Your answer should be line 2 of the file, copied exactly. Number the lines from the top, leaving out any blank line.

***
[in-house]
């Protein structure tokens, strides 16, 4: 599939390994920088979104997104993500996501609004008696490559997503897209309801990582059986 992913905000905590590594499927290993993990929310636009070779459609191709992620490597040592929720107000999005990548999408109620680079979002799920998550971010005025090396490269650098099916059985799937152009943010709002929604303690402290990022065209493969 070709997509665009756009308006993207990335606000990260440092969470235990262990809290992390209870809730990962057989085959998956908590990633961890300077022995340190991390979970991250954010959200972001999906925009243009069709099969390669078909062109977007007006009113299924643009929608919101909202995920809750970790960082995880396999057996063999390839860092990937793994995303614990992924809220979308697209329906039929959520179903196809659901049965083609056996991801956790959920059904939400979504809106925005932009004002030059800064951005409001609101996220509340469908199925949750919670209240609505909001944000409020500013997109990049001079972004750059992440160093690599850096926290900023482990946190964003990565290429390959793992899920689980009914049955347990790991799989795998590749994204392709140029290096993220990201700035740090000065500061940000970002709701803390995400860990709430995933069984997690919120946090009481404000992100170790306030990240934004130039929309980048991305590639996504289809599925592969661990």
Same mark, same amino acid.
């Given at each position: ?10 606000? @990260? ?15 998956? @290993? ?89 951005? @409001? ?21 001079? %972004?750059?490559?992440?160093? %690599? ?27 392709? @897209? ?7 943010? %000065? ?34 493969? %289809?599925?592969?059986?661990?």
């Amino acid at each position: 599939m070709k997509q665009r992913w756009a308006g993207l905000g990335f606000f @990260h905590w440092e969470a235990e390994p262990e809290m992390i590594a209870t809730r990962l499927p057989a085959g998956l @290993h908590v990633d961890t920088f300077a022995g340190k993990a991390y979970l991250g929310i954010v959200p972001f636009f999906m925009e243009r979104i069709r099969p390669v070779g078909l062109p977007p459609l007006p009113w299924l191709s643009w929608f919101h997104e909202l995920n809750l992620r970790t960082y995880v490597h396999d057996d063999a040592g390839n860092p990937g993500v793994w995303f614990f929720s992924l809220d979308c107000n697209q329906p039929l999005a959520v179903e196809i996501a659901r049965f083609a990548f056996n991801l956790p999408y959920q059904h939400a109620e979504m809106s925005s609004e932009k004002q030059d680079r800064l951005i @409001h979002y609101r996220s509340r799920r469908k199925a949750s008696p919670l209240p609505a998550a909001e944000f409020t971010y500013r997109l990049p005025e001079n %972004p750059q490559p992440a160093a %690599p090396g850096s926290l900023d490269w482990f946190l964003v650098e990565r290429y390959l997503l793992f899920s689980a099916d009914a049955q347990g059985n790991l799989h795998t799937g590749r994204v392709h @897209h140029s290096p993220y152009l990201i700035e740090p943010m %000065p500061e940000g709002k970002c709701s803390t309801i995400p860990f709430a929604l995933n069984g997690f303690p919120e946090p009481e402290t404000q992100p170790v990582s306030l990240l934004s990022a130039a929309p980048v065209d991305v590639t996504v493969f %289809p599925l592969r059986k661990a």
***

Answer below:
């Protein structure tokens, strides 16, 4: 599939390994920088979104997104993500996501609004008696490559997503897209309801990582059986 992913905000905590590594499927290993993990929310636009070779459609191709992620490597040592929720107000999005990548999408109620680079979002799920998550971010005025090396490269650098099916059985799937152009943010709002929604303690402290990022065209493969 070709997509665009756009308006993207990335606000990260440092969470235990262990809290992390209870809730990962057989085959998956908590990633961890300077022995340190991390979970991250954010959200972001999906925009243009069709099969390669078909062109977007007006009113299924643009929608919101909202995920809750970790960082995880396999057996063999390839860092990937793994995303614990992924809220979308697209329906039929959520179903196809659901049965083609056996991801956790959920059904939400979504809106925005932009004002030059800064951005409001609101996220509340469908199925949750919670209240609505909001944000409020500013997109990049001079972004750059992440160093690599850096926290900023482990946190964003990565290429390959793992899920689980009914049955347990790991799989795998590749994204392709140029290096993220990201700035740090000065500061940000970002709701803390995400860990709430995933069984997690919120946090009481404000992100170790306030990240934004130039929309980048991305590639996504289809599925592969661990």